It was found that MCs in the right posterior region of the upper jaw increased statistically significantly in (0, 0, +5), (0, −5, 0), and (0, −5, +5) positions compared to the ideal one. The region was not affected by the movement of the head in the X plane. Similarly, the left posterior region was not affected by movements in the X plane. The left region was affected in (0, 0, −5), (0, −5, 0), (0, −5, −5) positions. The most affected area was again identified as the anterior region. It was affected in (0, 0, +5), (0, 0, −5), (0, +5, 0), (0, −5, 0), (0, +5, +5), (0, −5, −5), (0, −5, +5), (+5, 0, +5) positions. However, the anterior region of the upper jaw was less affected by the movement of the head in the X plane. Therefore, MCs in the upper jaw did not undergo statistically significant changes with the tilting to the left or right.

Effects of positioning on vertical magnification coefficient of different alveolar bone levels

Average vertical MCs and statistic results obtained for the alveolar bone levels are shown in [Table 4]. There was no statistically significant difference in MCs of both jaws between alveolar bone levels in the CBCT image taken with the ideal position. However, in the image taken with (0, +5, 0), (0, −5, 0) positions, in the posterior teeth region, MCs of the apical level were larger than the occlusal level in the lower jaw (P = 0.027, P = 0.017). MCs at the levels of the alveolar bone in the posterior of the upper jaw were not affected by extension or flexion. However, in the anterior of the upper jaw, there was a significant difference at (0, −5, 0) position (P = 0.010), which apical level was larger than the occlusal level.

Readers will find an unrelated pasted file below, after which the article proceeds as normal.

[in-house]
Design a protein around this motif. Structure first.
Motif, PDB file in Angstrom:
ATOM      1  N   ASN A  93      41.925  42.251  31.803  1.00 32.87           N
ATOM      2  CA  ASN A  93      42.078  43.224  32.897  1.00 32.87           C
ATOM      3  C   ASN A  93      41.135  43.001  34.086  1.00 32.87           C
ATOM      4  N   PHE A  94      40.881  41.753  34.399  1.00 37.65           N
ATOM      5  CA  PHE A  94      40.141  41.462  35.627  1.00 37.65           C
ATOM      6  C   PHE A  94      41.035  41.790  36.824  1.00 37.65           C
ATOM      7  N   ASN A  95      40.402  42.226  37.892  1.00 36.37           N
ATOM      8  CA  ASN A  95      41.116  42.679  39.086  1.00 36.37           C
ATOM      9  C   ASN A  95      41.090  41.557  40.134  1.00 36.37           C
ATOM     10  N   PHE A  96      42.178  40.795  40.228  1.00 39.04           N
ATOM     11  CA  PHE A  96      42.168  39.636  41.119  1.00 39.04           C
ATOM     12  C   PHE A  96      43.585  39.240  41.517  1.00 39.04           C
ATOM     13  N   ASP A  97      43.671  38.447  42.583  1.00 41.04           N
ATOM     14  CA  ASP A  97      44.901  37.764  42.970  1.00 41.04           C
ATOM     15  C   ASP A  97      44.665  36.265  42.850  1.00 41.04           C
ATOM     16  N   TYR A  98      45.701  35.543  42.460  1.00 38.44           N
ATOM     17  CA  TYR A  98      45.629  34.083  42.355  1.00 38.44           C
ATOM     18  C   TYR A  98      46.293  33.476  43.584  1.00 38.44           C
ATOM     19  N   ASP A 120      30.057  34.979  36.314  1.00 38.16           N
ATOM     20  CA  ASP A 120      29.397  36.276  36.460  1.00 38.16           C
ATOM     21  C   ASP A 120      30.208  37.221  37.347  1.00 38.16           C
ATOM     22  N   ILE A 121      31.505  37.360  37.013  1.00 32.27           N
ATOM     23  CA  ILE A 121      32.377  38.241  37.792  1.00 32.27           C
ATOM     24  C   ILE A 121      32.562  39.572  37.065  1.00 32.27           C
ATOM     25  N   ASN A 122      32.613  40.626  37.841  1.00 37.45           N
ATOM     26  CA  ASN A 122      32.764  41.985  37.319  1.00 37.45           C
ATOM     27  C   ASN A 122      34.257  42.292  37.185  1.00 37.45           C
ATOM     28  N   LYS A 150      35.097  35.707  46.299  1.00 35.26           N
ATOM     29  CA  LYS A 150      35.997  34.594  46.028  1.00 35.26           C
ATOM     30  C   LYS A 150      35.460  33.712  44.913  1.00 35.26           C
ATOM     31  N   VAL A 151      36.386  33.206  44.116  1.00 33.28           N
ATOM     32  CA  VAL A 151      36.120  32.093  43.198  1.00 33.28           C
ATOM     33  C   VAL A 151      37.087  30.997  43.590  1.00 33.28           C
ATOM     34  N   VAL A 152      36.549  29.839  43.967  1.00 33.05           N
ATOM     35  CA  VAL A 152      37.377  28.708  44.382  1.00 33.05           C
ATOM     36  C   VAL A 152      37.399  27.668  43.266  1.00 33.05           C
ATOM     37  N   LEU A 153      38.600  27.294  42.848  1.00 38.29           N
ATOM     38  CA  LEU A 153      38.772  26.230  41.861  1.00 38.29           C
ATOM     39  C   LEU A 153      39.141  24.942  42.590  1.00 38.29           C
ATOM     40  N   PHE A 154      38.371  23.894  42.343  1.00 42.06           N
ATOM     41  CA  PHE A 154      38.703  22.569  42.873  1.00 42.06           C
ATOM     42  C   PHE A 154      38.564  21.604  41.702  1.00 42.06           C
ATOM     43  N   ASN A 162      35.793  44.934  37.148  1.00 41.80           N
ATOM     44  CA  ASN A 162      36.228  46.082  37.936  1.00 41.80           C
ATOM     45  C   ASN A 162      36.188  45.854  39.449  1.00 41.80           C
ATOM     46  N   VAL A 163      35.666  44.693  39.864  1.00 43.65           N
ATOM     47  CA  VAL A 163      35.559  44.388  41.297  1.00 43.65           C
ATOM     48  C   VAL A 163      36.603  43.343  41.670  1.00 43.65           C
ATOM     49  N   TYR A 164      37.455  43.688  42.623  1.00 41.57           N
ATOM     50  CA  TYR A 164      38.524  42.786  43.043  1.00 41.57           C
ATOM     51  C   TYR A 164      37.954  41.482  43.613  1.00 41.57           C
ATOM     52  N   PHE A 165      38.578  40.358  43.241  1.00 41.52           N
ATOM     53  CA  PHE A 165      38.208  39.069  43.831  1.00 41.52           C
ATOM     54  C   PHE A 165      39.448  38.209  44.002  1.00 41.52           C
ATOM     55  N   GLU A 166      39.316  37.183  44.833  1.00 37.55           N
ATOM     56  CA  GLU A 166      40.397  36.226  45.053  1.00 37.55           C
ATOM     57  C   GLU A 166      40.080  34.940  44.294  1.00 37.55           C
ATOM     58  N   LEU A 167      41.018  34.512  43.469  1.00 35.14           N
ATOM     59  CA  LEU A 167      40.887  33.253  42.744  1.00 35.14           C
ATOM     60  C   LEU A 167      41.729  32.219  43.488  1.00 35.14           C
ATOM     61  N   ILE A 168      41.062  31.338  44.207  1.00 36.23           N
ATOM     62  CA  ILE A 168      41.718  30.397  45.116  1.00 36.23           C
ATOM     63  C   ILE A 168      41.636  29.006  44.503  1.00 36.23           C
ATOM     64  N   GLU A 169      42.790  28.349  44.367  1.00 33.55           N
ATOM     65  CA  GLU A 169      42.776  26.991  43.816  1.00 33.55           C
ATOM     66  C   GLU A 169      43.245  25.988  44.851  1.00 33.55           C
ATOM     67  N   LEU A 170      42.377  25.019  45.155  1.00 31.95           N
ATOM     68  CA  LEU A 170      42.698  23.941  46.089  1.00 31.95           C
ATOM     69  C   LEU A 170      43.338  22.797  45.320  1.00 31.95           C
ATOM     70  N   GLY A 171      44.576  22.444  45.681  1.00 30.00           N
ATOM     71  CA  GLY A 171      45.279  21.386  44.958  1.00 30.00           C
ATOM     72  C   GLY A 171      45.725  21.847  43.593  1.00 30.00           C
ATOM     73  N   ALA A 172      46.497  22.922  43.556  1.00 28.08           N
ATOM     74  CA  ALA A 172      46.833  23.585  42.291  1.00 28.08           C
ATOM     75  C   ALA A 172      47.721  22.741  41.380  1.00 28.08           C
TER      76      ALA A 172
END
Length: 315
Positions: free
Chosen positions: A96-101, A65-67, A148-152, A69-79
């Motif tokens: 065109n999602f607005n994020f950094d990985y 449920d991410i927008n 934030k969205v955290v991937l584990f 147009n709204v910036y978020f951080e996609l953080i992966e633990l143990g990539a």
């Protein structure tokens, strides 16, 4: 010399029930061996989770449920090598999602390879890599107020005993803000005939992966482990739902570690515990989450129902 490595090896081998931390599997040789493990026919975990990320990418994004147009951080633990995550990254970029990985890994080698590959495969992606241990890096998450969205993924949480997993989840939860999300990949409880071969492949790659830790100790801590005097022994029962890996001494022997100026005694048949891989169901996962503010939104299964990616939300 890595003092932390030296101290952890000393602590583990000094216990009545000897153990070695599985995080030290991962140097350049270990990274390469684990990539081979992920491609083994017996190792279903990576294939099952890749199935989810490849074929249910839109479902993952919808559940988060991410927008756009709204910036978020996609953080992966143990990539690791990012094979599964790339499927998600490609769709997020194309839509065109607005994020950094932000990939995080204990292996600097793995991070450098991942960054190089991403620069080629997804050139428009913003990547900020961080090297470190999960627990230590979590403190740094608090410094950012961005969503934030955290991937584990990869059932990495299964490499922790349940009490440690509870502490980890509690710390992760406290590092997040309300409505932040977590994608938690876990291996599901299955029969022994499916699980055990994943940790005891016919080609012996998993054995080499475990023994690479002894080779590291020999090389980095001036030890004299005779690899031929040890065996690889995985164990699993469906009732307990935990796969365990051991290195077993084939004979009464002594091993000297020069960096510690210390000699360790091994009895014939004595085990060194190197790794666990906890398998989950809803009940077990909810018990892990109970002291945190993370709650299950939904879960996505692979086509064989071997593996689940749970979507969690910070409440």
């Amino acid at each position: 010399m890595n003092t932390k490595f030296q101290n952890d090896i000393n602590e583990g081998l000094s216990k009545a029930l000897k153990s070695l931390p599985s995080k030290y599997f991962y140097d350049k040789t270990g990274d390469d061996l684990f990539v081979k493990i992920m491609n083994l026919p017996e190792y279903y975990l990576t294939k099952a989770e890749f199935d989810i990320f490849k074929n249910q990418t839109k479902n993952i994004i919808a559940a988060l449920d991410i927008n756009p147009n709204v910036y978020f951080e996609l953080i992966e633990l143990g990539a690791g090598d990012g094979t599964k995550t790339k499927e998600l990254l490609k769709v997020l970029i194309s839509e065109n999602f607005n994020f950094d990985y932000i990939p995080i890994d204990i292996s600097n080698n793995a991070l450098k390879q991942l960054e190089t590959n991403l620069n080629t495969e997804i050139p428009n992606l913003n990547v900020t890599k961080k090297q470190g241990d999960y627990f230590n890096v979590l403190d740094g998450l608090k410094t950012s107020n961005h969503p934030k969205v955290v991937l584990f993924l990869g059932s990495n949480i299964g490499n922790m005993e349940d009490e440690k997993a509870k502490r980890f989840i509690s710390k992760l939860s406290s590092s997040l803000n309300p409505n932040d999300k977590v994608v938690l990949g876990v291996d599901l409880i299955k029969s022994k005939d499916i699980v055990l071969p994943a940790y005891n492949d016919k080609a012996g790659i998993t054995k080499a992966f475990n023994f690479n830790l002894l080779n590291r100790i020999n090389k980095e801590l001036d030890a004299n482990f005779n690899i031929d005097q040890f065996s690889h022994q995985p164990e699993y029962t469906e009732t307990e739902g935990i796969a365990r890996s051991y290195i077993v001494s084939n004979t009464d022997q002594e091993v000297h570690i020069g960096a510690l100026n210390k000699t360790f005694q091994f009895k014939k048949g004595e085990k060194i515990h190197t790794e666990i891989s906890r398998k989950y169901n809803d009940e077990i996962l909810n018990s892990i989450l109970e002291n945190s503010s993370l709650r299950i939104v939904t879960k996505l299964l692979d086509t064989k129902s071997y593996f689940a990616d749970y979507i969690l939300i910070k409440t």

Table 4: One-way ANOVA test results within different alveolar bone levels

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  Discussion Top


Examining radiological images of the jaws are vital in evaluation before implant surgery. While choosing an implant length that leaves a safety gap of at least 2 mm between the tip of the implant and important anatomical structures, making correct measurements is imperative to prevent possible complications.[14] However, errors in head positioning may cause distortions in images and inaccuracies in measurements. This may result from incorrect implant size selection.[8] Therefore, the current study was aimed to investigate whether the vertical size changes with errors in head positioning in CBCT images.

Size measurements in CBCT were found more accurate than all other imaging methods that are very often used for implant surgery.[3] The American Academy of Oral and Maxillofacial Radiology recently reported that CBCT was the best option for implant planning.[15] Although CBCT offers high resolution and dimensionally true images, accurate measurements measured by different observers and at different time points remain challenging. Studies have reported contradictory results regarding measurement accuracy in CBCT scans.[5] Luangchana et al. used different dry skulls and field of views (FOV) found that the linear measurements were less than their physical measurements.[9] Similarly, a few studies reported that there were some smaller measurements in CBCT than the actual size.[11],[12],[13] Nevertheless, in the present study, the mean vertical MC was found 1.09 ± 0.031 in the image taken with the ideal position. This means it was measured slightly larger than the physical size. This may be due to device differences.